Information technology is a key competitive advantage for organizations of all sizes. To be responsive to business requirements, IT needs to be agile and scalable. And, to ensure that IT can adapt to ever-changing business requirements, infrastructure and operational expenses need to be cost-effective to fund and enable innovation. At the same time, IT services are expected to be continuously available and ubiquitously accessible.
The following slides depict some of the drivers informing these 2015 predictions, according to Jesse St. Laurent, vice president of product strategy at SimpliVity, a leader in hyperconverged infrastructure for the software-defined data center.
SimpliVity delivers the best of both worlds: cloud economics with enterprise performance, protection and functionality. The company provides software-defined infrastructure packaged on industry-standard x86 systems, providing abstraction, pooling and automation of IT resources and services.
2015 Data Center Trends
Click through for the top trends that will be driving data center innovation in 2015, as identified by Jesse St. Laurent, vice president of product strategy at SimpliVity.
Hyperconvergence Goes Beyond the Hype
Hyperconverged systems will take on a larger role within data center infrastructures as business requirements drive further simplification of infrastructure and time to value within IT departments. Virtualization has been a driving force for hyperconvergence, especially as virtualization exposed the inefficiencies of SAN storage and the need to virtualize the storage and network layers.
In 2015, IT organizations consolidating data centers and deploying new application workloads will be evaluating hyperconverged infrastructure to replace aging server and storage components — disrupting the status quo and impacting the IT ecosystem.
IT Silos Start to Crumble
The traditional approach of operating and managing functional silos of compute, network and storage will begin to break down. By breaking down IT silos and creating large shared pools of resources, IT organizations could see improvements in management efficiency and the ability to scale, a reduction in training requirements, and a decrease in operational costs.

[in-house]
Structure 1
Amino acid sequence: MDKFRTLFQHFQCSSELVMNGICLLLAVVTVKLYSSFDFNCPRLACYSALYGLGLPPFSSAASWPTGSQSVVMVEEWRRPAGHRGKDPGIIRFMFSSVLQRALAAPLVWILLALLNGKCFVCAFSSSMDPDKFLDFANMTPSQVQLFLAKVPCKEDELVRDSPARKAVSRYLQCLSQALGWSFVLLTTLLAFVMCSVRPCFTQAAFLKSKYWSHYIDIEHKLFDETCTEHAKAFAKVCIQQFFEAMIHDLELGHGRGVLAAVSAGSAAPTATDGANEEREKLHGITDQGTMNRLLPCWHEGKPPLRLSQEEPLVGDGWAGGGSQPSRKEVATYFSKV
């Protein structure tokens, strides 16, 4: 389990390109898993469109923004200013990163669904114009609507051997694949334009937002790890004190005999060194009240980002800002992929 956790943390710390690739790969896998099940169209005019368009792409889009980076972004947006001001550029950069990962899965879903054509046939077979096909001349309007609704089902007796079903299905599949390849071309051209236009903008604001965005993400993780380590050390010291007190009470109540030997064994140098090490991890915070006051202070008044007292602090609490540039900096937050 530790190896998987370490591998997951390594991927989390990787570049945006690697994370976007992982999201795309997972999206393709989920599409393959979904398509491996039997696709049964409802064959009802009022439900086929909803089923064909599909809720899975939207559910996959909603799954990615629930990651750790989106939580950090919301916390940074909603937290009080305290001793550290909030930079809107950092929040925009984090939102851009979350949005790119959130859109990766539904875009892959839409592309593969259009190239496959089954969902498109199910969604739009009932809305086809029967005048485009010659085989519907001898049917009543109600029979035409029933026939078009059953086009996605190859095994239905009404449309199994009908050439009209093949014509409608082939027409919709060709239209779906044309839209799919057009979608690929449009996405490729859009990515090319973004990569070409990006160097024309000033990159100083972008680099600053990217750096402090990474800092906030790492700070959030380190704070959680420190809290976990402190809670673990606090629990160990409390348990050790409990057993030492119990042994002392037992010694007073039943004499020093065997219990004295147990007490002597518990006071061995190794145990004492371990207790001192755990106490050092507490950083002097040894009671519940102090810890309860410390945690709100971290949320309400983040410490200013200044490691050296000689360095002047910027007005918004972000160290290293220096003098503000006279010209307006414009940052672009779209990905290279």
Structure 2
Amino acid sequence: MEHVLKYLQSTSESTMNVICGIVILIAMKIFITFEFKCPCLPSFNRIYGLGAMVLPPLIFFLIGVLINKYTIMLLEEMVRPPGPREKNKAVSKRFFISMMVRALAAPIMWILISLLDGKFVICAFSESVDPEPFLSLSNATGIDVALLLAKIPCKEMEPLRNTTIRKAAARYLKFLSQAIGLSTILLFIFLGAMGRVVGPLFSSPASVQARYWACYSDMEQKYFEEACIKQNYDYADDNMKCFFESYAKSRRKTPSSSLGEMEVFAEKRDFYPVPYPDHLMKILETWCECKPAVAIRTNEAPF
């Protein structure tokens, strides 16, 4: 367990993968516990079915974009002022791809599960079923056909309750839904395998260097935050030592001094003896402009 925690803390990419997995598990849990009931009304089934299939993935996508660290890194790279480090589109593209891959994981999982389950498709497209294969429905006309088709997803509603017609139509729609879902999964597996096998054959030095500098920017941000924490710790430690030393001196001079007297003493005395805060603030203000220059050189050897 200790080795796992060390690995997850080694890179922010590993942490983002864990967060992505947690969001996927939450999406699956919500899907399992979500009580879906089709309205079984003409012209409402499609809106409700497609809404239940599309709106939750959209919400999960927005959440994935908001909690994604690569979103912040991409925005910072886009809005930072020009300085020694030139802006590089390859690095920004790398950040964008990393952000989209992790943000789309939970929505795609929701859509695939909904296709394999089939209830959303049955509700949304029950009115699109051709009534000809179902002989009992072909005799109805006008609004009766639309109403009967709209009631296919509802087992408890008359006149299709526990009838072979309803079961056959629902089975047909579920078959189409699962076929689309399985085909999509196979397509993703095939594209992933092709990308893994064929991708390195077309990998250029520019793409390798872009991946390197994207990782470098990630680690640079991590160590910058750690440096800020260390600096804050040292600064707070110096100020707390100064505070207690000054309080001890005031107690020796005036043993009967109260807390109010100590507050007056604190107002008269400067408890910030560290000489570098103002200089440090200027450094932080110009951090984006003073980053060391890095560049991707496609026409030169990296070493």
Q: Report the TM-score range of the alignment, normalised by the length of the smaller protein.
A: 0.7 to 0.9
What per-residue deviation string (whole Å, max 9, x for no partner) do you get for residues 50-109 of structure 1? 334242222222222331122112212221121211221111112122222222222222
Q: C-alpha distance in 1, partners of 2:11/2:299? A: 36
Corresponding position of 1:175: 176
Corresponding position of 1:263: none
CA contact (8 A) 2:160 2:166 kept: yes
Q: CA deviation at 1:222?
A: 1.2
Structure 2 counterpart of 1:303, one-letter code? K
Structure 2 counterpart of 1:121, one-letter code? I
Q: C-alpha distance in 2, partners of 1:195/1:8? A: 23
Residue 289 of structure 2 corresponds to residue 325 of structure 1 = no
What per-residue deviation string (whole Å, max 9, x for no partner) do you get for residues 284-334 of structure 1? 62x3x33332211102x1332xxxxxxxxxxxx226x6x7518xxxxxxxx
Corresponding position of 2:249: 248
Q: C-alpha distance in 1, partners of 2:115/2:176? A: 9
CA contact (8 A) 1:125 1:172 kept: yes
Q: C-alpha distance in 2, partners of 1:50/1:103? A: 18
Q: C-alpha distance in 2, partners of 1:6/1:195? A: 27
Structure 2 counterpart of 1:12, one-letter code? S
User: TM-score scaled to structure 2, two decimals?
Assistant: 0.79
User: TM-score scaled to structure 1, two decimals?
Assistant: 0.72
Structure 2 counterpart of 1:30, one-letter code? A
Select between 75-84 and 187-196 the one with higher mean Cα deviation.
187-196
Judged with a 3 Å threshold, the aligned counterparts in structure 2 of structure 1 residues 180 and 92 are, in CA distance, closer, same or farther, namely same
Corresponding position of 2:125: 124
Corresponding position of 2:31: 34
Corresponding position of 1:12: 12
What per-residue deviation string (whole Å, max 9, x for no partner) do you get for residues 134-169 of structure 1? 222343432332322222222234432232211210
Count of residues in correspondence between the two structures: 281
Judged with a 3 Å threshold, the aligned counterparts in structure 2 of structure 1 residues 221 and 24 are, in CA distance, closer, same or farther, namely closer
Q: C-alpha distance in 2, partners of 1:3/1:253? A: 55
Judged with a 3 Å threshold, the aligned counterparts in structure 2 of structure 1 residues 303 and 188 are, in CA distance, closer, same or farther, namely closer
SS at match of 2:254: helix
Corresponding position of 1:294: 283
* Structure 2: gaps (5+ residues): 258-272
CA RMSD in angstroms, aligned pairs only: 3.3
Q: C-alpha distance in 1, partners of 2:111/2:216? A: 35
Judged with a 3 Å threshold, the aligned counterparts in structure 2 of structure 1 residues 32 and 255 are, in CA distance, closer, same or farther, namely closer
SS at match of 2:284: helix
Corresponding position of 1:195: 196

Software-Defined Infrastructure Redefines Operations and Administration
As infrastructure becomes more software-defined, operations will be automated, eliminating manual configuration — and reconfiguration — at the hardware-component level. This will allow for greater agility, fewer errors, and lower operational costs. Employing post-virtualization infrastructure, such as hyperconverged infrastructure, will eliminate the physical silos and be disruptive to traditional IT roles. In this new world, administrators will need to embrace new skills and get comfortable shedding the mundane and repetitive tasks, such as provisioning storage.
Aspirations for Scalable IT
Cloud-scale, web-scale, scale-out and scale-in – these terms have been thrown around a lot in the last year. Enterprises want to mimic what large cloud giants like Facebook, Google and Amazon have architected: a highly responsive IT environment that can easily expand and contract as dictated by business requirements. And, they want it on the cheap. However, they are not willing to part with the resiliency they’ve grown accustomed to with traditional architectures and technology.
Hyperconverged infrastructures — especially those that have familiar resiliency functionality, such as high availability, backup and replication — that enable building-block scale, and software-defined approaches will become more popular to those with scale aspirations.
In post-virtualization (and software-defined) data centers, the workload (or the virtual machine) is king. To that end, the management paradigm will transition from a bottom-up, hardware-centric approach to a top-down, application/workload/VM-centric one. Policies established at the virtual-machine level will enable automation. Automation will drive a shift in how infrastructure and operations teams administer the IT environment.
Convergence of Operational and Disaster Recovery
Data center modernization isn’t stopping at the virtualization of workloads and software-defined infrastructure. Backup/recovery and disaster recovery (DR) are getting makeovers too. While technologies for backup and DR have traditionally been distinct, virtualization and cloud have enabled new approaches — resulting in huge improvements in the time it takes to complete backups and execute recoveries, lower costs and reduce risk.
In 2015, there will be a convergence of technologies supporting operational recovery on premises and disaster recovery off site. Workload-centric policies will enable automation, and the consolidation of the technologies to create copies for operational or disaster recovery will reduce operational overhead and capital expenses. In addition, this convergence, coupled with the familiar efficiency technologies of compression and deduplication, will enable more effective use of the cloud for storing DR copies.